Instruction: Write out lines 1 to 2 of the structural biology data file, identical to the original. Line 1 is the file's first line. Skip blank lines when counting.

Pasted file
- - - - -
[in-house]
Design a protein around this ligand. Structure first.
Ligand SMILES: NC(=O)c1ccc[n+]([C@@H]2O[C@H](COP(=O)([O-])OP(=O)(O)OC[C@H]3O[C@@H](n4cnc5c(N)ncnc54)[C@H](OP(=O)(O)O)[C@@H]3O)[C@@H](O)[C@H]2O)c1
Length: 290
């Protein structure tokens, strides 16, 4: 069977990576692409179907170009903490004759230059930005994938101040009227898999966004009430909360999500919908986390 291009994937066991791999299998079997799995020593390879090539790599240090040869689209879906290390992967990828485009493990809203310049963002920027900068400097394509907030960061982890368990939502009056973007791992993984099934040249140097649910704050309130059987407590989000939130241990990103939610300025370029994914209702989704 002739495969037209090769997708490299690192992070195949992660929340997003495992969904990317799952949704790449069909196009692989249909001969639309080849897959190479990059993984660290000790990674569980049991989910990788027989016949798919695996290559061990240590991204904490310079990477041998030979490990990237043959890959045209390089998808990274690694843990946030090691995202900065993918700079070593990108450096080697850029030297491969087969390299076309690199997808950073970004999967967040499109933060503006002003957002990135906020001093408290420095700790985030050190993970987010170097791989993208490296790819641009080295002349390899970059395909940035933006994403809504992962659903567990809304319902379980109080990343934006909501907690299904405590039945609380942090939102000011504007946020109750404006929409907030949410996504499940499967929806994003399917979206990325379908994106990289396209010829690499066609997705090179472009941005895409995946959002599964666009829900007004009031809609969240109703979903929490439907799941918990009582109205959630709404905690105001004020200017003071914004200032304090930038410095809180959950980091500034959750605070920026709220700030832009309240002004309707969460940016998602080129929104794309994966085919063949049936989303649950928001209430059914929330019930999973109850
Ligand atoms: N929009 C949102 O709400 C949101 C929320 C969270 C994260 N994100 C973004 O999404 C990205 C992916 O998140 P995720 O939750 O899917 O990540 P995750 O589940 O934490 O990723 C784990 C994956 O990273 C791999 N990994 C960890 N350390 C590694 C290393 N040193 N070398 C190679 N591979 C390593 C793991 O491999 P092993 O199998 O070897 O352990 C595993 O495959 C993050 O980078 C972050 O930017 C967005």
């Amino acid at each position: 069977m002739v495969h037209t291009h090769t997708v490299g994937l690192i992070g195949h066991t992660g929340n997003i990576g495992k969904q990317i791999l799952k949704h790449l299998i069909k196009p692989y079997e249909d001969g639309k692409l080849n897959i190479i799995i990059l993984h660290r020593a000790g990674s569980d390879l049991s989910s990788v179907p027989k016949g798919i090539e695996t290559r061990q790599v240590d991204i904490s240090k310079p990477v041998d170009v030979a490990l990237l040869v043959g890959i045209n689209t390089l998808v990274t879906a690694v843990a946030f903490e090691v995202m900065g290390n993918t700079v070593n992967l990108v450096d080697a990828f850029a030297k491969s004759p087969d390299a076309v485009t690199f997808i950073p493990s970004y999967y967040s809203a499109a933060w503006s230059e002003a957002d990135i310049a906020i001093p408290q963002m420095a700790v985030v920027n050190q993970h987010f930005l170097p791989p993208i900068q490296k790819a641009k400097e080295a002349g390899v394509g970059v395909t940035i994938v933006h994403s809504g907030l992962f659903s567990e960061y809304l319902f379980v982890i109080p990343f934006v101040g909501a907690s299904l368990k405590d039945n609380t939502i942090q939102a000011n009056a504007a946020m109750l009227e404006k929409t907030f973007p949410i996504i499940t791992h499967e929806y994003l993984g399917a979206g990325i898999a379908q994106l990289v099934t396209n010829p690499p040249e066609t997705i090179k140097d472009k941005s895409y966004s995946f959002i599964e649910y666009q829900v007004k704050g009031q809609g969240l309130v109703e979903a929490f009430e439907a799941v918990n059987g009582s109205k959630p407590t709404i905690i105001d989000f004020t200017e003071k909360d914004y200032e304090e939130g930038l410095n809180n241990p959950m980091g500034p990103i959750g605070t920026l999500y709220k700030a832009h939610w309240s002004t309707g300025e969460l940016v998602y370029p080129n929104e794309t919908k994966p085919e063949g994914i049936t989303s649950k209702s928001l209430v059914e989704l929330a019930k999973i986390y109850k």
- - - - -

[in-house]
Design a protein around this ligand. Structure first.